July 27, 2012
WASHINGTON – A bipartisan group of 51 senators is threatening to oppose a global treaty regulating international weapons trade if it falls short in protecting the constitutional right to bear arms, as the United Nations bumps up against a Friday deadline for action.
In a letter to President Obama and Secretary of State Hillary Clinton, the senators expressed serious concerns with the draft treaty that has circulated at the United Nations, saying that it signals an expansion of gun control that would be unacceptable.
"Our country's sovereignty and the constitutional protection of these individual freedoms must not be infringed," they wrote.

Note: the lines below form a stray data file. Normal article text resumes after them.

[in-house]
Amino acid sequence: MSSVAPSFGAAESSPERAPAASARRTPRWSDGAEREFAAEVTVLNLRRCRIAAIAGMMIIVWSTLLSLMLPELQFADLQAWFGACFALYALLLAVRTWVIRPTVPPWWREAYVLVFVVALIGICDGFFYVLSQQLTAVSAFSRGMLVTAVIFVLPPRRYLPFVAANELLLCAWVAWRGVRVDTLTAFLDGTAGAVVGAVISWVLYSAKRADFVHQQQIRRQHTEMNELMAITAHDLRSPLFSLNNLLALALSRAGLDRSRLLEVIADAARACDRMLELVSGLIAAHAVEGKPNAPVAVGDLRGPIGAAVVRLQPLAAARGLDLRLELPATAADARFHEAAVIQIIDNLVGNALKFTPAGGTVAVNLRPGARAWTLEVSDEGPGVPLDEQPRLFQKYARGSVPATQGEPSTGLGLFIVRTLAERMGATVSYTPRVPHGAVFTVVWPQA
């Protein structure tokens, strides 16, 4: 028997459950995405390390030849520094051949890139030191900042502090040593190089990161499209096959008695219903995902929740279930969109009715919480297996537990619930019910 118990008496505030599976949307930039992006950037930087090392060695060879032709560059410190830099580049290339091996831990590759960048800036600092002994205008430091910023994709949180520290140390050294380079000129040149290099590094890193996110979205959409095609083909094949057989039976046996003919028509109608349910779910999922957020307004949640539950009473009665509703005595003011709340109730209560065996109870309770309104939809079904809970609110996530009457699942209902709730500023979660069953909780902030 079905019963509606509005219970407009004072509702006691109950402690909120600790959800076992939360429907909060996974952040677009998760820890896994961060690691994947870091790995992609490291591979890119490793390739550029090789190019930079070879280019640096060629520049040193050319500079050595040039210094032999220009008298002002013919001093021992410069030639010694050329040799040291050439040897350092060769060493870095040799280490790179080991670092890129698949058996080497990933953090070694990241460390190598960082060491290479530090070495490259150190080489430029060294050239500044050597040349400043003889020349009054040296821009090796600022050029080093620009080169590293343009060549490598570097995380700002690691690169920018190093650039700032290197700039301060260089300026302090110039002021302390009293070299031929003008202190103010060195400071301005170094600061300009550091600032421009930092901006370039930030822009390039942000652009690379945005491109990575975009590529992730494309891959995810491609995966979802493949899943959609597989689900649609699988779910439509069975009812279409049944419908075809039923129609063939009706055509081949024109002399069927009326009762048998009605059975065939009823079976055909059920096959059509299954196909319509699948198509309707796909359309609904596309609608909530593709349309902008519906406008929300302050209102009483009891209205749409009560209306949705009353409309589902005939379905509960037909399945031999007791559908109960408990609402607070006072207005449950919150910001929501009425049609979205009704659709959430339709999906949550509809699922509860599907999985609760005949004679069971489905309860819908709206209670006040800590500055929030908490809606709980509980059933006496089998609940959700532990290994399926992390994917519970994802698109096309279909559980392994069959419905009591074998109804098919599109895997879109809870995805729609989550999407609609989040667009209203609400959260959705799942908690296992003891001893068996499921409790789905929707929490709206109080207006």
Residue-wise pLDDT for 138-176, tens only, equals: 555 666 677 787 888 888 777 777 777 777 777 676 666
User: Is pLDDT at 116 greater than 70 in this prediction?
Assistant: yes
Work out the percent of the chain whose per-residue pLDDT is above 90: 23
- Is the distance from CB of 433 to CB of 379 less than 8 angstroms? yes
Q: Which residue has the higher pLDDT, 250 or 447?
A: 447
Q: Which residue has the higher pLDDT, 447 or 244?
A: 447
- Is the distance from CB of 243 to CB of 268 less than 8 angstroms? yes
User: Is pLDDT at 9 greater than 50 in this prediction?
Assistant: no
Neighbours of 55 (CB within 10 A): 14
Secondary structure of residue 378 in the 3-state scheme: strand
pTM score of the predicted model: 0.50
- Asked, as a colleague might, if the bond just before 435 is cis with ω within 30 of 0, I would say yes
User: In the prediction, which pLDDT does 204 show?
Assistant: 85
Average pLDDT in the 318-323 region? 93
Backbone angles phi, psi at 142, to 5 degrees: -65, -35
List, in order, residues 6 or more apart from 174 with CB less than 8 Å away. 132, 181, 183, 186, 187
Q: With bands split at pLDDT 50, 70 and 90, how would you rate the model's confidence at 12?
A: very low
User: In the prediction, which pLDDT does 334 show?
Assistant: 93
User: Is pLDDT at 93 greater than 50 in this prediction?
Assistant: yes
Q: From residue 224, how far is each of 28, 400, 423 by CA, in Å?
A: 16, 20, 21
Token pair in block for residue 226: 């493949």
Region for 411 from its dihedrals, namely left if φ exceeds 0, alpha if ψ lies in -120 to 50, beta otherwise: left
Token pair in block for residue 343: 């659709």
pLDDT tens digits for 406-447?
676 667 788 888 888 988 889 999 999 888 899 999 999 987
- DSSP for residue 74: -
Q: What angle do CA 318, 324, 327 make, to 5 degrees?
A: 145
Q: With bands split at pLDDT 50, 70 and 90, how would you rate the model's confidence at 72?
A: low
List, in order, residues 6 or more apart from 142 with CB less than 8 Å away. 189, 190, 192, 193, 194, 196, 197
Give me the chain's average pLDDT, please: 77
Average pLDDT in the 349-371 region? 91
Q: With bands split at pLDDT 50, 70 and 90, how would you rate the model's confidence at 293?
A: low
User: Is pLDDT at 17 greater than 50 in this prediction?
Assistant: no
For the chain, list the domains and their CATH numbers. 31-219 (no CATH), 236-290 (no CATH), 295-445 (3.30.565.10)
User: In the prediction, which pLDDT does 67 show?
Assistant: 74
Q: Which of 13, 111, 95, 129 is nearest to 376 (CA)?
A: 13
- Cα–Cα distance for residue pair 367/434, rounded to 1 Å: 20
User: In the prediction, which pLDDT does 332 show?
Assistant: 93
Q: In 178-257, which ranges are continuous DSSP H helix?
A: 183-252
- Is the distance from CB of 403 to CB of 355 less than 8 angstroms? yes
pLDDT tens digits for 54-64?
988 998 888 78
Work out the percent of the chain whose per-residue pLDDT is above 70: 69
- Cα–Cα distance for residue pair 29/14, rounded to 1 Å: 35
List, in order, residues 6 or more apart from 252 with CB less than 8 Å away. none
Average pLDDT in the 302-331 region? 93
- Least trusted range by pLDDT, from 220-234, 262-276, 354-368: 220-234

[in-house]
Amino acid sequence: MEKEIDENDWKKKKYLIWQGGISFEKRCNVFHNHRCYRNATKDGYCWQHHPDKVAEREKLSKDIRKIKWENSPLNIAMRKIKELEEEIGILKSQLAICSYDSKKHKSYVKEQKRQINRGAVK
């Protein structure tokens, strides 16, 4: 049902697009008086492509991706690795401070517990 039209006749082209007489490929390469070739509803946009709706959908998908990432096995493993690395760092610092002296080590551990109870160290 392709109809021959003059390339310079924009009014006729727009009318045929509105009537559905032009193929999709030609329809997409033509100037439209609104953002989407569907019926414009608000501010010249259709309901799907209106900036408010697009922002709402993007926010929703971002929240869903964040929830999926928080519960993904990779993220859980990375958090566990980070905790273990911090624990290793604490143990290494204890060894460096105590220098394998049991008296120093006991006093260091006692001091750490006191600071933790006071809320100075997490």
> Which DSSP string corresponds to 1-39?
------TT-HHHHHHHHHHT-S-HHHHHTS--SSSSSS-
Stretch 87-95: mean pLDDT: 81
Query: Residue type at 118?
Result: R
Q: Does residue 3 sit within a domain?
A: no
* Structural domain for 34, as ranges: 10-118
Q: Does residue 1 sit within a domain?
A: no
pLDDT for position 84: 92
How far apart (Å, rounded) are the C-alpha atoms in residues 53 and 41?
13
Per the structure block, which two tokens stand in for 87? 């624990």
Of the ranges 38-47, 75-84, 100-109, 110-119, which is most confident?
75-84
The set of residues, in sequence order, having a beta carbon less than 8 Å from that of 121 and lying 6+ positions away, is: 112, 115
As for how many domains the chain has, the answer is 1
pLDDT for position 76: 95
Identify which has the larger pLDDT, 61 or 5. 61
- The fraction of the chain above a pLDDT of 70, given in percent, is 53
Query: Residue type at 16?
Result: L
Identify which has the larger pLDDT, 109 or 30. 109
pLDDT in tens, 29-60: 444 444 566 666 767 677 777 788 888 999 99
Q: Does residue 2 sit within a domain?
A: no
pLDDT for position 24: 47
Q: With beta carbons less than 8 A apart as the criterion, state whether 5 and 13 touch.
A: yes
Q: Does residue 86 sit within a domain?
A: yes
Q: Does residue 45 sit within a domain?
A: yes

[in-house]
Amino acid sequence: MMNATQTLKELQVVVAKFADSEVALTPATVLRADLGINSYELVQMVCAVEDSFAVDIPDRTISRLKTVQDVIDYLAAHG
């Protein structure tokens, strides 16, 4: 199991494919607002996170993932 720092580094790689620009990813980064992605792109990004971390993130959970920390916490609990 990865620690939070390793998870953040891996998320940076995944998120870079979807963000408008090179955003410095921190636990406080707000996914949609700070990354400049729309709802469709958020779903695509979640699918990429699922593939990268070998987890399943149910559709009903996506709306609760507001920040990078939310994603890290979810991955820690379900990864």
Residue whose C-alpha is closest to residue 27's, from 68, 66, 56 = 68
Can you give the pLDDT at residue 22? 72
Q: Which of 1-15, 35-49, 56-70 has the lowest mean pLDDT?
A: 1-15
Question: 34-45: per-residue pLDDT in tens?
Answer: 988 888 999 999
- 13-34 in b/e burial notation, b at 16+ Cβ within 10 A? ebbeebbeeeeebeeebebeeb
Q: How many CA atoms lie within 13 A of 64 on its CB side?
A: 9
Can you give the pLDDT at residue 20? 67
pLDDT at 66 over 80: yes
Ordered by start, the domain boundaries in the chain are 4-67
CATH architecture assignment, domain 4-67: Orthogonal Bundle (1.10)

A revised draft that circulated late Thursday of the treaty, though, raised hopes from supporters and the British government, which has been the leading proponent, that an historic agreement could be reached by Friday's deadline.
The draft closed several loopholes in the original text, though the Washington-based Arms Control Association said further improvements are still needed to strengthen measures against illicit arms transfers.
A spokesman for Britain's U.N. Mission, speaking anonymously because he was not authorized to speak publicly, said the new text is "a substantial improvement" and "an historic agreement that effectively regulates the international trade in conventional arms is now very close."